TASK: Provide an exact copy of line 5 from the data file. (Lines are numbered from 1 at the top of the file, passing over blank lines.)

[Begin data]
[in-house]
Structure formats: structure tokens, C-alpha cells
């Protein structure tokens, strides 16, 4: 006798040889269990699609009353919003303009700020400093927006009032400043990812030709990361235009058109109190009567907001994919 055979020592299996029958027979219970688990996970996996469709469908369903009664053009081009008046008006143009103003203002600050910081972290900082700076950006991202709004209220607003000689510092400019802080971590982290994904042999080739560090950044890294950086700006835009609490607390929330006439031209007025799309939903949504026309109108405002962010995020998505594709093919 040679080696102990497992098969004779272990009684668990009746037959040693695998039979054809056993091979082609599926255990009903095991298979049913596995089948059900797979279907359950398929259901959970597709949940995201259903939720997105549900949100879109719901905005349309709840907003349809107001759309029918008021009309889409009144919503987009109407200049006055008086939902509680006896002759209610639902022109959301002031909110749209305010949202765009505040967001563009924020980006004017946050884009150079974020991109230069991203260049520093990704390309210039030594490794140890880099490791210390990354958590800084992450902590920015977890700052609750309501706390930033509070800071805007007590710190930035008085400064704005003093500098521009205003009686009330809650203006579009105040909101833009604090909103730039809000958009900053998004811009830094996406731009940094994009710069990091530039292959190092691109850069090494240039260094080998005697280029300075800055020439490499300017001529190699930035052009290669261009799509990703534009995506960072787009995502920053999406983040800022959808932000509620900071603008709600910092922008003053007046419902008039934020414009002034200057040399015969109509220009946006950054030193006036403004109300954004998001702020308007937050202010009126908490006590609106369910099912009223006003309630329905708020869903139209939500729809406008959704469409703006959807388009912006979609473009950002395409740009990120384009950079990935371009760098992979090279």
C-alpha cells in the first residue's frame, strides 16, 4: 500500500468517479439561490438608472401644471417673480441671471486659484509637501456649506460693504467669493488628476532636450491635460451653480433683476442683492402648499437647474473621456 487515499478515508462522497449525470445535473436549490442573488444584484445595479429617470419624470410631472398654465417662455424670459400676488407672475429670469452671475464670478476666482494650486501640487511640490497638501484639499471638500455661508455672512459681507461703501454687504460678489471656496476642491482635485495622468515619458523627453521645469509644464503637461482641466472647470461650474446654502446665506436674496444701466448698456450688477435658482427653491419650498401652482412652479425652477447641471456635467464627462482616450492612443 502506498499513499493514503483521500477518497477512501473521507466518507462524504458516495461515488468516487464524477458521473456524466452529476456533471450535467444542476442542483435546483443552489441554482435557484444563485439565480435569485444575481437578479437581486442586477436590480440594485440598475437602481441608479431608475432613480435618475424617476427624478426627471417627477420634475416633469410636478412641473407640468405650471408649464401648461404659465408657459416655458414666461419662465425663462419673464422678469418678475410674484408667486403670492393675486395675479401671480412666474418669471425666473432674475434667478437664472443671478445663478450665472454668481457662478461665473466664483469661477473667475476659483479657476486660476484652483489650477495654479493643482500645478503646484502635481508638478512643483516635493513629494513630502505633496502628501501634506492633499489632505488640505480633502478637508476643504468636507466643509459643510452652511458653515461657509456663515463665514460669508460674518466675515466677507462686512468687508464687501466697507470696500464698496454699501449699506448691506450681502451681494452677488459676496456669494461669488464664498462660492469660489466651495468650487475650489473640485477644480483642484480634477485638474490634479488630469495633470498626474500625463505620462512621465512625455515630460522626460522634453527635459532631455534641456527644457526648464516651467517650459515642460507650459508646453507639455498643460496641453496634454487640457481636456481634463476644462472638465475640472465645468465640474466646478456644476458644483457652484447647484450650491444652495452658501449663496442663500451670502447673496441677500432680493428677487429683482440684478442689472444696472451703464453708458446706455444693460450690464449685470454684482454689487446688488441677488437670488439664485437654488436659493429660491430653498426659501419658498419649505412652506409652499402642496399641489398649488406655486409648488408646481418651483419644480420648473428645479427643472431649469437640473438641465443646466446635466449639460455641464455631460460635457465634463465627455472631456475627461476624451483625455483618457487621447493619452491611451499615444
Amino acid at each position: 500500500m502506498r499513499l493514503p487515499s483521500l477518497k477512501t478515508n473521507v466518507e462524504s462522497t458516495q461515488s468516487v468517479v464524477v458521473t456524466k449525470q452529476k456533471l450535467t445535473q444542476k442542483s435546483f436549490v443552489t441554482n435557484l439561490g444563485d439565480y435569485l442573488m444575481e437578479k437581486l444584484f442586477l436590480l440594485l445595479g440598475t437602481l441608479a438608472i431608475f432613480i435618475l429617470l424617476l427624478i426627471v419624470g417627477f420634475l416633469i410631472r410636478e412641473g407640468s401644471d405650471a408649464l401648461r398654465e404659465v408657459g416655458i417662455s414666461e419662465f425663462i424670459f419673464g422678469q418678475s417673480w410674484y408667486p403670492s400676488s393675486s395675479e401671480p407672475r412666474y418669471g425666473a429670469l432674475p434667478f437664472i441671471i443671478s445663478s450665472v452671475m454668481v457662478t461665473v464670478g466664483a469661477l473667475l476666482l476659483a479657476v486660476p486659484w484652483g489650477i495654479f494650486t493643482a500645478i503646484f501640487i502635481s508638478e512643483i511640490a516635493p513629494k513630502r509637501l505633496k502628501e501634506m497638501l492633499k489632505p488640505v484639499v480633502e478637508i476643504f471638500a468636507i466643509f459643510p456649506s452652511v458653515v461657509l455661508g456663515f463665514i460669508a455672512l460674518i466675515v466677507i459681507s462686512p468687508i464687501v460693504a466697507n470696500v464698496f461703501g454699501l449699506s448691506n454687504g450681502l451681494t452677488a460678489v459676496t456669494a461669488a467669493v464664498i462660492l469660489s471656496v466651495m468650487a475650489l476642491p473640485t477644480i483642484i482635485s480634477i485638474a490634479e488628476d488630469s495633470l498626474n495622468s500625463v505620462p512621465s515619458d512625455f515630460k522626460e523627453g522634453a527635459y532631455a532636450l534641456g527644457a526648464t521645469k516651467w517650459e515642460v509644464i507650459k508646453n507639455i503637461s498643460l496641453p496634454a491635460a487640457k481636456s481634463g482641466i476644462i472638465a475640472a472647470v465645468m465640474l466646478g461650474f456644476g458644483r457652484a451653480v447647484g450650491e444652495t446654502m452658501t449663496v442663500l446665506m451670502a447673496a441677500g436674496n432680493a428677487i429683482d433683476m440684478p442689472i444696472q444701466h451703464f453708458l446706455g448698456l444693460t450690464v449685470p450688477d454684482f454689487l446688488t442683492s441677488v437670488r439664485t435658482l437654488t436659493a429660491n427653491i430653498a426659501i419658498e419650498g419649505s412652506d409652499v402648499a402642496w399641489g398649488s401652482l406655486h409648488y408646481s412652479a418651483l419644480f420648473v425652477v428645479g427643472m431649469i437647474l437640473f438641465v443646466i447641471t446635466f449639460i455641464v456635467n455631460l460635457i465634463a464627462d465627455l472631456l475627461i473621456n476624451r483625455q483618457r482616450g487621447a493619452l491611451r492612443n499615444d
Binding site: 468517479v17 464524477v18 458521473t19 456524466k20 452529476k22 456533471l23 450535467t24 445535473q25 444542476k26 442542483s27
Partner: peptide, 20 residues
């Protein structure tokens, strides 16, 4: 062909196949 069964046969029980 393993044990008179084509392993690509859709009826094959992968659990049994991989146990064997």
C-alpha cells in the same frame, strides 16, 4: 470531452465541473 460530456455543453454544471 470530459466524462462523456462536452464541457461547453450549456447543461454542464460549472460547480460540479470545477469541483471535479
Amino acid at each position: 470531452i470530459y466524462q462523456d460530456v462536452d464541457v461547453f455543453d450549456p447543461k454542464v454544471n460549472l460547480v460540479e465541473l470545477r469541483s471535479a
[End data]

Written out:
Amino acid at each position: 500500500m502506498r499513499l493514503p487515499s483521500l477518497k477512501t478515508n473521507v466518507e462524504s462522497t458516495q461515488s468516487v468517479v464524477v458521473t456524466k449525470q452529476k456533471l450535467t445535473q444542476k442542483s435546483f436549490v443552489t441554482n435557484l439561490g444563485d439565480y435569485l442573488m444575481e437578479k437581486l444584484f442586477l436590480l440594485l445595479g440598475t437602481l441608479a438608472i431608475f432613480i435618475l429617470l424617476l427624478i426627471v419624470g417627477f420634475l416633469i410631472r410636478e412641473g407640468s401644471d405650471a408649464l401648461r398654465e404659465v408657459g416655458i417662455s414666461e419662465f425663462i424670459f419673464g422678469q418678475s417673480w410674484y408667486p403670492s400676488s393675486s395675479e401671480p407672475r412666474y418669471g425666473a429670469l432674475p434667478f437664472i441671471i443671478s445663478s450665472v452671475m454668481v457662478t461665473v464670478g466664483a469661477l473667475l476666482l476659483a479657476v486660476p486659484w484652483g489650477i495654479f494650486t493643482a500645478i503646484f501640487i502635481s508638478e512643483i511640490a516635493p513629494k513630502r509637501l505633496k502628501e501634506m497638501l492633499k489632505p488640505v484639499v480633502e478637508i476643504f471638500a468636507i466643509f459643510p456649506s452652511v458653515v461657509l455661508g456663515f463665514i460669508a455672512l460674518i466675515v466677507i459681507s462686512p468687508i464687501v460693504a466697507n470696500v464698496f461703501g454699501l449699506s448691506n454687504g450681502l451681494t452677488a460678489v459676496t456669494a461669488a467669493v464664498i462660492l469660489s471656496v466651495m468650487a475650489l476642491p473640485t477644480i483642484i482635485s480634477i485638474a490634479e488628476d488630469s495633470l498626474n495622468s500625463v505620462p512621465s515619458d512625455f515630460k522626460e523627453g522634453a527635459y532631455a532636450l534641456g527644457a526648464t521645469k516651467w517650459e515642460v509644464i507650459k508646453n507639455i503637461s498643460l496641453p496634454a491635460a487640457k481636456s481634463g482641466i476644462i472638465a475640472a472647470v465645468m465640474l466646478g461650474f456644476g458644483r457652484a451653480v447647484g450650491e444652495t446654502m452658501t449663496v442663500l446665506m451670502a447673496a441677500g436674496n432680493a428677487i429683482d433683476m440684478p442689472i444696472q444701466h451703464f453708458l446706455g448698456l444693460t450690464v449685470p450688477d454684482f454689487l446688488t442683492s441677488v437670488r439664485t435658482l437654488t436659493a429660491n427653491i430653498a426659501i419658498e419650498g419649505s412652506d409652499v402648499a402642496w399641489g398649488s401652482l406655486h409648488y408646481s412652479a418651483l419644480f420648473v425652477v428645479g427643472m431649469i437647474l437640473f438641465v443646466i447641471t446635466f449639460i455641464v456635467n455631460l460635457i465634463a464627462d465627455l472631456l475627461i473621456n476624451r483625455q483618457r482616450g487621447a493619452l491611451r492612443n499615444d